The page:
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Facebook, the data monopolist: Will the EU 'like' it?

13 August 2014

The Facebook - WhatsApp tie-up

The proposed acquisition of Instant Message provider, WhatsApp by Mark Zuckerberg's Facebook, threatens to create the largest repository of personal, user data held by any private sector organisation.

The only obstacle standing between Facebook and this new 'data monopolist' status is a merger control probe by the EU Commission, designed to ensure that the transaction will not prejudice competition with rivals in the messaging and social media spaces. 

The high value of the takeover (illustrated by the $19 billion purchase price) means that the transaction requires merger control clearance in order to proceed.  

Now seized of the case, the Commission has the power to block the deal completely, or to allow it subject to concessions from the merging parties. 

These could include a requirement to sell off part of the merged entities' operations, or to give binding undertakings to ensure it does not behave in a way which is adverse to a competitive marketplace. 

 Why does the deal need clearance?

The effects of the merger will be felt across several jurisdictions. Social media and instant messages connect people and businesses within frontiers and beyond them.

The deal has already been cleared by the US Federal Trade Commission (FTC).

Within Europe, Facebook has avoided notifying the deal to multiple national competition regulators across the EU by making an optional filing to the EU Commission. 

This displaces the jurisdiction of national watchdogs and sidesteps the tedium of multiple European competition filings. It also heads off the nightmarish prospect of conflicting regulatory outcomes.  

Why is the case significant?

The merger inquiry is the biggest test case of its kind into 'data markets' and social media business. The Commission has begun the process by sending out questionnaires to assess how stakeholders would be affected by the creation of the data goliath. 

The intelligence it gleans as a result of the investigation will be of invaluable assistance in investigating other markets characterised by high dependency on data.  

Facebook is already a giant in the market; having acquired popular photo app business, Instagram, in 2012. The Commission will be concerned with the increased leverage that Facebook would have to attract online revenues, such as from advertising.

This could include offering advertising simultaneously across multiple online platforms controlled by Facebook. Connecting users of Facebook messenger and WhatsApp could also create an unassailable advantage against rival messaging services, such as MSN and Yahoo.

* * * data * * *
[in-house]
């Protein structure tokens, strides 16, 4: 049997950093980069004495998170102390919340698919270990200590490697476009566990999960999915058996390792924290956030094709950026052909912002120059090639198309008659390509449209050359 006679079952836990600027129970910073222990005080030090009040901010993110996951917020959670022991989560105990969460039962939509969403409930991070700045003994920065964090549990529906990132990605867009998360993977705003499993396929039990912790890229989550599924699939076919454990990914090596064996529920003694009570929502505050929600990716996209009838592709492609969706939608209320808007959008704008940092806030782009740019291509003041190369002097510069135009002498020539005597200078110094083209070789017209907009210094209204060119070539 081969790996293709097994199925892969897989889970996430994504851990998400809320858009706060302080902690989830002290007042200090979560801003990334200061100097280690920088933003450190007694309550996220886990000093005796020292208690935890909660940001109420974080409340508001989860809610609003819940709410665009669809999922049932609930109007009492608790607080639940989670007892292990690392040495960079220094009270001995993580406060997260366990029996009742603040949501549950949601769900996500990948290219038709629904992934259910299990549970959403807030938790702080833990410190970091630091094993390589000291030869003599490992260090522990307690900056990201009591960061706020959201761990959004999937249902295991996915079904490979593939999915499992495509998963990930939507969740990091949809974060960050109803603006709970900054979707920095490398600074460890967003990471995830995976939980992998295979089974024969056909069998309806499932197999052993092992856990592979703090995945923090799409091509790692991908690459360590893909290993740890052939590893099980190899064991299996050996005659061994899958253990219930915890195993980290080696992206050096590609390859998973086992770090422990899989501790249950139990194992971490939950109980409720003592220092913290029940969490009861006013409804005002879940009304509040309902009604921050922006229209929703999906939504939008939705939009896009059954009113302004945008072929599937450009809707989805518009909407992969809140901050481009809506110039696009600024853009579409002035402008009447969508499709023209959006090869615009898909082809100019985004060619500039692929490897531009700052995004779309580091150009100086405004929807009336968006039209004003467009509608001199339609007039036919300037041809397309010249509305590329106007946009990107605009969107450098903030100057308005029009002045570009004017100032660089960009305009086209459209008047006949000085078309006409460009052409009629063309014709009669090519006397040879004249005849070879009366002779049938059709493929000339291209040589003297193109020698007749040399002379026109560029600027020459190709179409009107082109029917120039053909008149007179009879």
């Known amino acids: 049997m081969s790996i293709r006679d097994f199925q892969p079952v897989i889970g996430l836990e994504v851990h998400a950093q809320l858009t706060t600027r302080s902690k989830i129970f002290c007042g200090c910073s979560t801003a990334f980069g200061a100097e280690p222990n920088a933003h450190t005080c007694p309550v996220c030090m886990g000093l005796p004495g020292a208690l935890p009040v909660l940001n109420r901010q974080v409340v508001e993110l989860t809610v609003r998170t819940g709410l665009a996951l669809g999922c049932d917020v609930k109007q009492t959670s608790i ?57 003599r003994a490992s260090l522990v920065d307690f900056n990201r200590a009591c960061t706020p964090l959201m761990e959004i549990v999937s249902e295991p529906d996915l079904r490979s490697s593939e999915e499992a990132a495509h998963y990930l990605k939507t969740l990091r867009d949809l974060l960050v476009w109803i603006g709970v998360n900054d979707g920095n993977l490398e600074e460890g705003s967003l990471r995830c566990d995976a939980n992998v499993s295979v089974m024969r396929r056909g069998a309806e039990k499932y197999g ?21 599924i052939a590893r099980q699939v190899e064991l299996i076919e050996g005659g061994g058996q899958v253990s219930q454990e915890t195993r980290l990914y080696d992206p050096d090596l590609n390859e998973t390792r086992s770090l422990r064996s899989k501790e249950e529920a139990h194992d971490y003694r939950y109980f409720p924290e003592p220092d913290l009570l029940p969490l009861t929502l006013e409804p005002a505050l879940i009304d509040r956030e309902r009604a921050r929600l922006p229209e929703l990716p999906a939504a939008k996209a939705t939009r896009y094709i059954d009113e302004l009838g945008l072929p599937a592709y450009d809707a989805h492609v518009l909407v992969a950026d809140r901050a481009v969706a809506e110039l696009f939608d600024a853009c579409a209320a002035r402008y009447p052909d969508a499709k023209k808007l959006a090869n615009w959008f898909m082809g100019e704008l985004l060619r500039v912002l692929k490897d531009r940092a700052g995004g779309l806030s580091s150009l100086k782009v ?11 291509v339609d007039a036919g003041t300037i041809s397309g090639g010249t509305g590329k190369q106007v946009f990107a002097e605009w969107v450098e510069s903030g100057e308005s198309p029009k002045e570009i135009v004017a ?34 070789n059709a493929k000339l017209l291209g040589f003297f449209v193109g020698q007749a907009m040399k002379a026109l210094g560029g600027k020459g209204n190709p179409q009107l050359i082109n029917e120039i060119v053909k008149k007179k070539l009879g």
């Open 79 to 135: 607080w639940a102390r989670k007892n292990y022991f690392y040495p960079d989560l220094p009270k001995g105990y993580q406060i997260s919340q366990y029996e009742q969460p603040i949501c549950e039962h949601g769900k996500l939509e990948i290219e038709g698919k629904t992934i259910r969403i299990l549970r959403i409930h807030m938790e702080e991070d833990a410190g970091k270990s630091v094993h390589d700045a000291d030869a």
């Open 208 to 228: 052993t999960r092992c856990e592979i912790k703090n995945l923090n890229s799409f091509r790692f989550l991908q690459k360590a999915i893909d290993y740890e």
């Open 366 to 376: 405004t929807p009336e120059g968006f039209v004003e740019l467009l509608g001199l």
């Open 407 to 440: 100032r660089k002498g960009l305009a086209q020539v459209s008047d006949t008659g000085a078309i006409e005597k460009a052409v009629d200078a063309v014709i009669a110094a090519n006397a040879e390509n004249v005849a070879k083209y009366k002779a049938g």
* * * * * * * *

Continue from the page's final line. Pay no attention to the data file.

The Commission will be concerned to ensure that this does not foreclose competitors' access to customers. The Commission will also examine whether the increase of Facebook's market powers could lead it to impose fees for the use of the services. 

For many, an inquiry into the pure competition effects of the deal entirely misses the point. They are concerned that the creation of a data juggernaut would ride roughshod over the privacy rights of Facebook and WhatsApp users. 

The Electronic Privacy Center and the Center for Digital Democracy called unsuccessfully for the deal to be blocked, at least until there had been scrutiny into "the ability of Facebook to access WhatsApp's store of user mobile phone numbers and metadata." 

They are particularly concerned that Facebook's aggressive data collection policies could be extended to unsuspecting users of WhatsApp, who had previously opted consciously for a more privacy friendly IM service.

Such arguments may, however, not be lost entirely on the Commission. Its questionnaires seek feedback from stakeholders on how the merged entity would use and control personal data when offering new services. 

Legally, however, the Commission will be constrained to examine such issues in the context of its narrow merger control remit. Unless the aggregation of personal data gives Facebook an unfair, competitive edge in the market, that will not be a ground to prohibit the takeover.

What will happen next?

The Commission will consider responses from stakeholders and carry out an in-depth investigation into the business effects of the deal.  A final decision can be expected later this year. 

The investigation will concern itself primarily with market structure, efficiencies, prices, consumer choice and the preservation of inter-firm rivalry. To the extent that the deal is considered to give rise to competition concerns, do not be surprised to see the Commission extract privacy related undertakings from Facebook. 

Again though, these must be targeted on some competition concern rather than a desire to protect users. 

If the deal does proceed without restrictive conditions, Facebook may now look to change the privacy policy of WhatsApp to allow it to harvest users' data.

Legally, it will need users' consent, but could obtain this by making agreement to the new policy a condition of continued usage of WhatsApp (having used a similar tactic following the Instagram purchase in 2012). 

The case highlights how corporate expansion can impact adversely on the interests of data protection.

This article was written by Paul Henty.

For more information please contact Paul on +44 (0)20 7427 6506 or paul.henty@crsblaw.com